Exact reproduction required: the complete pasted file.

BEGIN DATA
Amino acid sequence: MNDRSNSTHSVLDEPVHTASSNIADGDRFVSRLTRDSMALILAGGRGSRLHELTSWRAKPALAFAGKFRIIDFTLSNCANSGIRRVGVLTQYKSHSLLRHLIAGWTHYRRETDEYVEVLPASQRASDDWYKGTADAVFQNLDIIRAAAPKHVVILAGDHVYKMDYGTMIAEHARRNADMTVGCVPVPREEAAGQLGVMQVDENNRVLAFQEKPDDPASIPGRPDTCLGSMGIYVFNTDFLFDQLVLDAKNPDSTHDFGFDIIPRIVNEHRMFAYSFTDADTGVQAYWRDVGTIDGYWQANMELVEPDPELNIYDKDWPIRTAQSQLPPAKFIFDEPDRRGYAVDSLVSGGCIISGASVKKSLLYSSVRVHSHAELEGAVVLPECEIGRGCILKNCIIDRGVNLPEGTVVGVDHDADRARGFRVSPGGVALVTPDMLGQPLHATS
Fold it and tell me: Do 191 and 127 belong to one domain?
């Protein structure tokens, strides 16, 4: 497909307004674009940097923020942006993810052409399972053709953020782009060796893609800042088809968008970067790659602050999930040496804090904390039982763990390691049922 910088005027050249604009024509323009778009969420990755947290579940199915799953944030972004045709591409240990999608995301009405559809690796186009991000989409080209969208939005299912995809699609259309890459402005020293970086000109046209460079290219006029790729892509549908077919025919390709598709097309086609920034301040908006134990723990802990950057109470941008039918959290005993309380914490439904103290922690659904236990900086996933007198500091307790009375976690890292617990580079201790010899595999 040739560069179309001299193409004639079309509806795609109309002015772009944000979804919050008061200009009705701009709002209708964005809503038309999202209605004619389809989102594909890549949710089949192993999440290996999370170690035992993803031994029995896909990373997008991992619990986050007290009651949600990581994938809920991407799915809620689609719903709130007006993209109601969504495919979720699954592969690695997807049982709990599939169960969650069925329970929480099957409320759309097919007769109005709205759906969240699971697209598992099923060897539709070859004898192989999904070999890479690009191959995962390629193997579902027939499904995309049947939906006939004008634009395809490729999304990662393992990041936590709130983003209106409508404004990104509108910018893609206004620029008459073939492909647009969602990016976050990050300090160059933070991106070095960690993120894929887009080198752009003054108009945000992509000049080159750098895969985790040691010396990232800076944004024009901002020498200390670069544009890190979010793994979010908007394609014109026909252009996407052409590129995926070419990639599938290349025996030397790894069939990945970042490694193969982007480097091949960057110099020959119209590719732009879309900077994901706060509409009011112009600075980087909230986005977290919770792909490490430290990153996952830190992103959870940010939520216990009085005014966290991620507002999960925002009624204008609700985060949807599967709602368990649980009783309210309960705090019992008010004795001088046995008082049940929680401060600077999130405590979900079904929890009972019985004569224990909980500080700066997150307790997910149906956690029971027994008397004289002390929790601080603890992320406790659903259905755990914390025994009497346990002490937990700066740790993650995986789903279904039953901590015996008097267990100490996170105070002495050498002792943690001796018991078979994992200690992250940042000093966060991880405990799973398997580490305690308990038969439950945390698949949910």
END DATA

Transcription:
Amino acid sequence: MNDRSNSTHSVLDEPVHTASSNIADGDRFVSRLTRDSMALILAGGRGSRLHELTSWRAKPALAFAGKFRIIDFTLSNCANSGIRRVGVLTQYKSHSLLRHLIAGWTHYRRETDEYVEVLPASQRASDDWYKGTADAVFQNLDIIRAAAPKHVVILAGDHVYKMDYGTMIAEHARRNADMTVGCVPVPREEAAGQLGVMQVDENNRVLAFQEKPDDPASIPGRPDTCLGSMGIYVFNTDFLFDQLVLDAKNPDSTHDFGFDIIPRIVNEHRMFAYSFTDADTGVQAYWRDVGTIDGYWQANMELVEPDPELNIYDKDWPIRTAQSQLPPAKFIFDEPDRRGYAVDSLVSGGCIISGASVKKSLLYSSVRVHSHAELEGAVVLPECEIGRGCILKNCIIDRGVNLPEGTVVGVDHDADRARGFRVSPGGVALVTPDMLGQPLHATS
Fold it and tell me: Do 191 and 127 belong to one domain?
């Protein structure tokens, strides 16, 4: 497909307004674009940097923020942006993810052409399972053709953020782009060796893609800042088809968008970067790659602050999930040496804090904390039982763990390691049922 910088005027050249604009024509323009778009969420990755947290579940199915799953944030972004045709591409240990999608995301009405559809690796186009991000989409080209969208939005299912995809699609259309890459402005020293970086000109046209460079290219006029790729892509549908077919025919390709598709097309086609920034301040908006134990723990802990950057109470941008039918959290005993309380914490439904103290922690659904236990900086996933007198500091307790009375976690890292617990580079201790010899595999 040739560069179309001299193409004639079309509806795609109309002015772009944000979804919050008061200009009705701009709002209708964005809503038309999202209605004619389809989102594909890549949710089949192993999440290996999370170690035992993803031994029995896909990373997008991992619990986050007290009651949600990581994938809920991407799915809620689609719903709130007006993209109601969504495919979720699954592969690695997807049982709990599939169960969650069925329970929480099957409320759309097919007769109005709205759906969240699971697209598992099923060897539709070859004898192989999904070999890479690009191959995962390629193997579902027939499904995309049947939906006939004008634009395809490729999304990662393992990041936590709130983003209106409508404004990104509108910018893609206004620029008459073939492909647009969602990016976050990050300090160059933070991106070095960690993120894929887009080198752009003054108009945000992509000049080159750098895969985790040691010396990232800076944004024009901002020498200390670069544009890190979010793994979010908007394609014109026909252009996407052409590129995926070419990639599938290349025996030397790894069939990945970042490694193969982007480097091949960057110099020959119209590719732009879309900077994901706060509409009011112009600075980087909230986005977290919770792909490490430290990153996952830190992103959870940010939520216990009085005014966290991620507002999960925002009624204008609700985060949807599967709602368990649980009783309210309960705090019992008010004795001088046995008082049940929680401060600077999130405590979900079904929890009972019985004569224990909980500080700066997150307790997910149906956690029971027994008397004289002390929790601080603890992320406790659903259905755990914390025994009497346990002490937990700066740790993650995986789903279904039953901590015996008097267990100490996170105070002495050498002792943690001796018991078979994992200690992250940042000093966060991880405990799973398997580490305690308990038969439950945390698949949910």